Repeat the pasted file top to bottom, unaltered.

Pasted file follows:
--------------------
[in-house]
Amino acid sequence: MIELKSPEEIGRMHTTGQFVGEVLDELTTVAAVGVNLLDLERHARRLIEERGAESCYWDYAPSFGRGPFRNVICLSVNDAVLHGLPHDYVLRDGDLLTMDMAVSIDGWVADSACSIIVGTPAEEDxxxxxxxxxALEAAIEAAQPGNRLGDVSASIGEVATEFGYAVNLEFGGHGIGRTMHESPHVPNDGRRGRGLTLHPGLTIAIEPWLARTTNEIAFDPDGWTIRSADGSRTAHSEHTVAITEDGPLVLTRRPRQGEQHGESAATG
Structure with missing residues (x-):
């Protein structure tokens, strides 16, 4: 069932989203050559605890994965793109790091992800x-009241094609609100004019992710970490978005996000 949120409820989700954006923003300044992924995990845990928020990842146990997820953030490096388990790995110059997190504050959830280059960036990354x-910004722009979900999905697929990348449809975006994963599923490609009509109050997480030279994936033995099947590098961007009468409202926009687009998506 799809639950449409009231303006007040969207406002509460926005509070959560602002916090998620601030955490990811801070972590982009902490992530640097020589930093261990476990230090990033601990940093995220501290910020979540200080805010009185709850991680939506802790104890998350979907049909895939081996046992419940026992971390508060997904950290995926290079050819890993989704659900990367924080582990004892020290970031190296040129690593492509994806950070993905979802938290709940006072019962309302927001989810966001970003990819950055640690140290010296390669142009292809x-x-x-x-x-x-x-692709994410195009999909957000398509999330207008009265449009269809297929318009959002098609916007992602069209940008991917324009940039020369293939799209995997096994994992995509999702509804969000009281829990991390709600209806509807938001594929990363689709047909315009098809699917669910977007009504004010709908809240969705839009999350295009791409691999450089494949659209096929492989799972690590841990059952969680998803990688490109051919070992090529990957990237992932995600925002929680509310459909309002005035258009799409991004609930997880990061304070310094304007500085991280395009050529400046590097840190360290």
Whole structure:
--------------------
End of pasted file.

[in-house]
Amino acid sequence: MIELKSPEEIGRMHTTGQFVGEVLDELTTVAAVGVNLLDLERHARRLIEERGAESCYWDYAPSFGRGPFRNVICLSVNDAVLHGLPHDYVLRDGDLLTMDMAVSIDGWVADSACSIIVGTPAEEDxxxxxxxxxALEAAIEAAQPGNRLGDVSASIGEVATEFGYAVNLEFGGHGIGRTMHESPHVPNDGRRGRGLTLHPGLTIAIEPWLARTTNEIAFDPDGWTIRSADGSRTAHSEHTVAITEDGPLVLTRRPRQGEQHGESAATG
Structure with missing residues (x-):
């Protein structure tokens, strides 16, 4: 069932989203050559605890994965793109790091992800x-009241094609609100004019992710970490978005996000 949120409820989700954006923003300044992924995990845990928020990842146990997820953030490096388990790995110059997190504050959830280059960036990354x-910004722009979900999905697929990348449809975006994963599923490609009509109050997480030279994936033995099947590098961007009468409202926009687009998506 799809639950449409009231303006007040969207406002509460926005509070959560602002916090998620601030955490990811801070972590982009902490992530640097020589930093261990476990230090990033601990940093995220501290910020979540200080805010009185709850991680939506802790104890998350979907049909895939081996046992419940026992971390508060997904950290995926290079050819890993989704659900990367924080582990004892020290970031190296040129690593492509994806950070993905979802938290709940006072019962309302927001989810966001970003990819950055640690140290010296390669142009292809x-x-x-x-x-x-x-692709994410195009999909957000398509999330207008009265449009269809297929318009959002098609916007992602069209940008991917324009940039020369293939799209995997096994994992995509999702509804969000009281829990991390709600209806509807938001594929990363689709047909315009098809699917669910977007009504004010709908809240969705839009999350295009791409691999450089494949659209096929492989799972690590841990059952969680998803990688490109051919070992090529990957990237992932995600925002929680509310459909309002005035258009799409991004609930997880990061304070310094304007500085991280395009050529400046590097840190360290």
Whole structure: